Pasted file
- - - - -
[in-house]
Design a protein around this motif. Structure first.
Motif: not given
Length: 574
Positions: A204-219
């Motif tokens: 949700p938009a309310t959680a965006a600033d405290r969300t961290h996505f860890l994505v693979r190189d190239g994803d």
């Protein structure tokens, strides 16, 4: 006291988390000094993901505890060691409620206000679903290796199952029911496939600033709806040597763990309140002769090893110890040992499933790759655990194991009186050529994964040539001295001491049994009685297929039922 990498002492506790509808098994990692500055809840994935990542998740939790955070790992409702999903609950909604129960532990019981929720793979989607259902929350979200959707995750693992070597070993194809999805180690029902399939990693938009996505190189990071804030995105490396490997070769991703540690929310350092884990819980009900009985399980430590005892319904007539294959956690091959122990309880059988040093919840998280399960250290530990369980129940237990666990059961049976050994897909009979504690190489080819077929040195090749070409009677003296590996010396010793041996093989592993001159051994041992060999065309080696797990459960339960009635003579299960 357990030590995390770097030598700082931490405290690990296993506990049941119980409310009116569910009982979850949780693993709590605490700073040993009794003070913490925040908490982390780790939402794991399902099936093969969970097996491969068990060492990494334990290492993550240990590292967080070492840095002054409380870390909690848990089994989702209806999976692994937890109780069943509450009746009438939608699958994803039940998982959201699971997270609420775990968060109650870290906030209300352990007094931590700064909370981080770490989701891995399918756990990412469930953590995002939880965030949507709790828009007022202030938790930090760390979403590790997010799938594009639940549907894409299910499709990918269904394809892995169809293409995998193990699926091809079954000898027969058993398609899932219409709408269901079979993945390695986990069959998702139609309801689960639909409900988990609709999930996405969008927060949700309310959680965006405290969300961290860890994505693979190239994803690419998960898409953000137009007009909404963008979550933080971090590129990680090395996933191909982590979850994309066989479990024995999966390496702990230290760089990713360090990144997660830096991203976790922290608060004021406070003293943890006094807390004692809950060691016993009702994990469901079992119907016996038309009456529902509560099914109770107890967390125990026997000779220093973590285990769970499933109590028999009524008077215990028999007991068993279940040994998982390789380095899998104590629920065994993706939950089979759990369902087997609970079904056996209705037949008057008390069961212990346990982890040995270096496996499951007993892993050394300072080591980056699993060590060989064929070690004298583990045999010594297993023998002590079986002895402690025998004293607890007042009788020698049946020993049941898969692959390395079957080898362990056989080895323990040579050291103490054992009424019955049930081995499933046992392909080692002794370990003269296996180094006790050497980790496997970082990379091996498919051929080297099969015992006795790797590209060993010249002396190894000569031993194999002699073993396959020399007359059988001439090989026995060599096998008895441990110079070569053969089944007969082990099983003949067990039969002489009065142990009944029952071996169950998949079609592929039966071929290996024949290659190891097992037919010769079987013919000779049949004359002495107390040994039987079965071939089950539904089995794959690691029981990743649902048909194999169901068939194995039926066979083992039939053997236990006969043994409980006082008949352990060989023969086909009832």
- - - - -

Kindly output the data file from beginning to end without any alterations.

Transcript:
[in-house]
Design a protein around this motif. Structure first.
Motif: not given
Length: 574
Positions: A204-219
């Motif tokens: 949700p938009a309310t959680a965006a600033d405290r969300t961290h996505f860890l994505v693979r190189d190239g994803d």
């Protein structure tokens, strides 16, 4: 006291988390000094993901505890060691409620206000679903290796199952029911496939600033709806040597763990309140002769090893110890040992499933790759655990194991009186050529994964040539001295001491049994009685297929039922 990498002492506790509808098994990692500055809840994935990542998740939790955070790992409702999903609950909604129960532990019981929720793979989607259902929350979200959707995750693992070597070993194809999805180690029902399939990693938009996505190189990071804030995105490396490997070769991703540690929310350092884990819980009900009985399980430590005892319904007539294959956690091959122990309880059988040093919840998280399960250290530990369980129940237990666990059961049976050994897909009979504690190489080819077929040195090749070409009677003296590996010396010793041996093989592993001159051994041992060999065309080696797990459960339960009635003579299960 357990030590995390770097030598700082931490405290690990296993506990049941119980409310009116569910009982979850949780693993709590605490700073040993009794003070913490925040908490982390780790939402794991399902099936093969969970097996491969068990060492990494334990290492993550240990590292967080070492840095002054409380870390909690848990089994989702209806999976692994937890109780069943509450009746009438939608699958994803039940998982959201699971997270609420775990968060109650870290906030209300352990007094931590700064909370981080770490989701891995399918756990990412469930953590995002939880965030949507709790828009007022202030938790930090760390979403590790997010799938594009639940549907894409299910499709990918269904394809892995169809293409995998193990699926091809079954000898027969058993398609899932219409709408269901079979993945390695986990069959998702139609309801689960639909409900988990609709999930996405969008927060949700309310959680965006405290969300961290860890994505693979190239994803690419998960898409953000137009007009909404963008979550933080971090590129990680090395996933191909982590979850994309066989479990024995999966390496702990230290760089990713360090990144997660830096991203976790922290608060004021406070003293943890006094807390004692809950060691016993009702994990469901079992119907016996038309009456529902509560099914109770107890967390125990026997000779220093973590285990769970499933109590028999009524008077215990028999007991068993279940040994998982390789380095899998104590629920065994993706939950089979759990369902087997609970079904056996209705037949008057008390069961212990346990982890040995270096496996499951007993892993050394300072080591980056699993060590060989064929070690004298583990045999010594297993023998002590079986002895402690025998004293607890007042009788020698049946020993049941898969692959390395079957080898362990056989080895323990040579050291103490054992009424019955049930081995499933046992392909080692002794370990003269296996180094006790050497980790496997970082990379091996498919051929080297099969015992006795790797590209060993010249002396190894000569031993194999002699073993396959020399007359059988001439090989026995060599096998008895441990110079070569053969089944007969082990099983003949067990039969002489009065142990009944029952071996169950998949079609592929039966071929290996024949290659190891097992037919010769079987013919000779049949004359002495107390040994039987079965071939089950539904089995794959690691029981990743649902048909194999169901068939194995039926066979083992039939053997236990006969043994409980006082008949352990060989023969086909009832």